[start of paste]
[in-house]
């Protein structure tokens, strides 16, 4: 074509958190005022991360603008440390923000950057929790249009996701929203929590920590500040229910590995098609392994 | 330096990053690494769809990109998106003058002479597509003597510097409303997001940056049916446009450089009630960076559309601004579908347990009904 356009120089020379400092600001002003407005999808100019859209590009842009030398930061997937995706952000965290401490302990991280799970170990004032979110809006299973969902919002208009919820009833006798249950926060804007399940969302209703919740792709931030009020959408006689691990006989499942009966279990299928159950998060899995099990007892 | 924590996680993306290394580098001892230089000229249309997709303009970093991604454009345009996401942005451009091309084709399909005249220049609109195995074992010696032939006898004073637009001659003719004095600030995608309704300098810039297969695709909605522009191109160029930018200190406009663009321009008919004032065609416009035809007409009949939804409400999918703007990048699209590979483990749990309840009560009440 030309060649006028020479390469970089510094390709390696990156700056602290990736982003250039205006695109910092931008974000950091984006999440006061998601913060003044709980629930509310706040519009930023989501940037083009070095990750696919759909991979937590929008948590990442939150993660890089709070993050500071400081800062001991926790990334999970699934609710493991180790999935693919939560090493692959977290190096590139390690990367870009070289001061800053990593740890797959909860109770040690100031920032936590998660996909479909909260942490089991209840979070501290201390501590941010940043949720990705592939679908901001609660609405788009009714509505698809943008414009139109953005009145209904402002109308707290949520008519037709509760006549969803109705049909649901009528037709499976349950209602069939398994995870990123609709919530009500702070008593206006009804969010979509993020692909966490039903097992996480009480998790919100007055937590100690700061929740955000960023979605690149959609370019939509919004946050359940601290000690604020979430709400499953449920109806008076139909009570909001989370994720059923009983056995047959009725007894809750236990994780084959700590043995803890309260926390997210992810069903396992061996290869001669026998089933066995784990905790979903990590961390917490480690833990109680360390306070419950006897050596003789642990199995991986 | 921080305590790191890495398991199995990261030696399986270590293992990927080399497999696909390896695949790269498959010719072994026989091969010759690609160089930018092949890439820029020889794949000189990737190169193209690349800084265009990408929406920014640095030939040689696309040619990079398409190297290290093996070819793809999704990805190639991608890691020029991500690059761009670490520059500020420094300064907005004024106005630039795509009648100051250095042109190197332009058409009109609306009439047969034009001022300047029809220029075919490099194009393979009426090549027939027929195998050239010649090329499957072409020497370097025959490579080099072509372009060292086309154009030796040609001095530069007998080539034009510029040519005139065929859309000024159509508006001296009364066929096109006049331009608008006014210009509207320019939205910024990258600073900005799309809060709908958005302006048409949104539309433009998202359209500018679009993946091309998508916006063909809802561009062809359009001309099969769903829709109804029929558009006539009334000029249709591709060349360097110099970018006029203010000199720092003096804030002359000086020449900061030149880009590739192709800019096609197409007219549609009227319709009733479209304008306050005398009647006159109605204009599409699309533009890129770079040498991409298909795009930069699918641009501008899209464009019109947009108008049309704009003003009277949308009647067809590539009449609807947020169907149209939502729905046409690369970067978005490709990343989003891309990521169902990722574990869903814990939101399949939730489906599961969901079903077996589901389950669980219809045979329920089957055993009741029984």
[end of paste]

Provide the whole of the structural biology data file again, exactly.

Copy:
[in-house]
């Protein structure tokens, strides 16, 4: 074509958190005022991360603008440390923000950057929790249009996701929203929590920590500040229910590995098609392994 | 330096990053690494769809990109998106003058002479597509003597510097409303997001940056049916446009450089009630960076559309601004579908347990009904 356009120089020379400092600001002003407005999808100019859209590009842009030398930061997937995706952000965290401490302990991280799970170990004032979110809006299973969902919002208009919820009833006798249950926060804007399940969302209703919740792709931030009020959408006689691990006989499942009966279990299928159950998060899995099990007892 | 924590996680993306290394580098001892230089000229249309997709303009970093991604454009345009996401942005451009091309084709399909005249220049609109195995074992010696032939006898004073637009001659003719004095600030995608309704300098810039297969695709909605522009191109160029930018200190406009663009321009008919004032065609416009035809007409009949939804409400999918703007990048699209590979483990749990309840009560009440 030309060649006028020479390469970089510094390709390696990156700056602290990736982003250039205006695109910092931008974000950091984006999440006061998601913060003044709980629930509310706040519009930023989501940037083009070095990750696919759909991979937590929008948590990442939150993660890089709070993050500071400081800062001991926790990334999970699934609710493991180790999935693919939560090493692959977290190096590139390690990367870009070289001061800053990593740890797959909860109770040690100031920032936590998660996909479909909260942490089991209840979070501290201390501590941010940043949720990705592939679908901001609660609405788009009714509505698809943008414009139109953005009145209904402002109308707290949520008519037709509760006549969803109705049909649901009528037709499976349950209602069939398994995870990123609709919530009500702070008593206006009804969010979509993020692909966490039903097992996480009480998790919100007055937590100690700061929740955000960023979605690149959609370019939509919004946050359940601290000690604020979430709400499953449920109806008076139909009570909001989370994720059923009983056995047959009725007894809750236990994780084959700590043995803890309260926390997210992810069903396992061996290869001669026998089933066995784990905790979903990590961390917490480690833990109680360390306070419950006897050596003789642990199995991986 | 921080305590790191890495398991199995990261030696399986270590293992990927080399497999696909390896695949790269498959010719072994026989091969010759690609160089930018092949890439820029020889794949000189990737190169193209690349800084265009990408929406920014640095030939040689696309040619990079398409190297290290093996070819793809999704990805190639991608890691020029991500690059761009670490520059500020420094300064907005004024106005630039795509009648100051250095042109190197332009058409009109609306009439047969034009001022300047029809220029075919490099194009393979009426090549027939027929195998050239010649090329499957072409020497370097025959490579080099072509372009060292086309154009030796040609001095530069007998080539034009510029040519005139065929859309000024159509508006001296009364066929096109006049331009608008006014210009509207320019939205910024990258600073900005799309809060709908958005302006048409949104539309433009998202359209500018679009993946091309998508916006063909809802561009062809359009001309099969769903829709109804029929558009006539009334000029249709591709060349360097110099970018006029203010000199720092003096804030002359000086020449900061030149880009590739192709800019096609197409007219549609009227319709009733479209304008306050005398009647006159109605204009599409699309533009890129770079040498991409298909795009930069699918641009501008899209464009019109947009108008049309704009003003009277949308009647067809590539009449609807947020169907149209939502729905046409690369970067978005490709990343989003891309990521169902990722574990869903814990939101399949939730489906599961969901079903077996589901389950669980219809045979329920089957055993009741029984």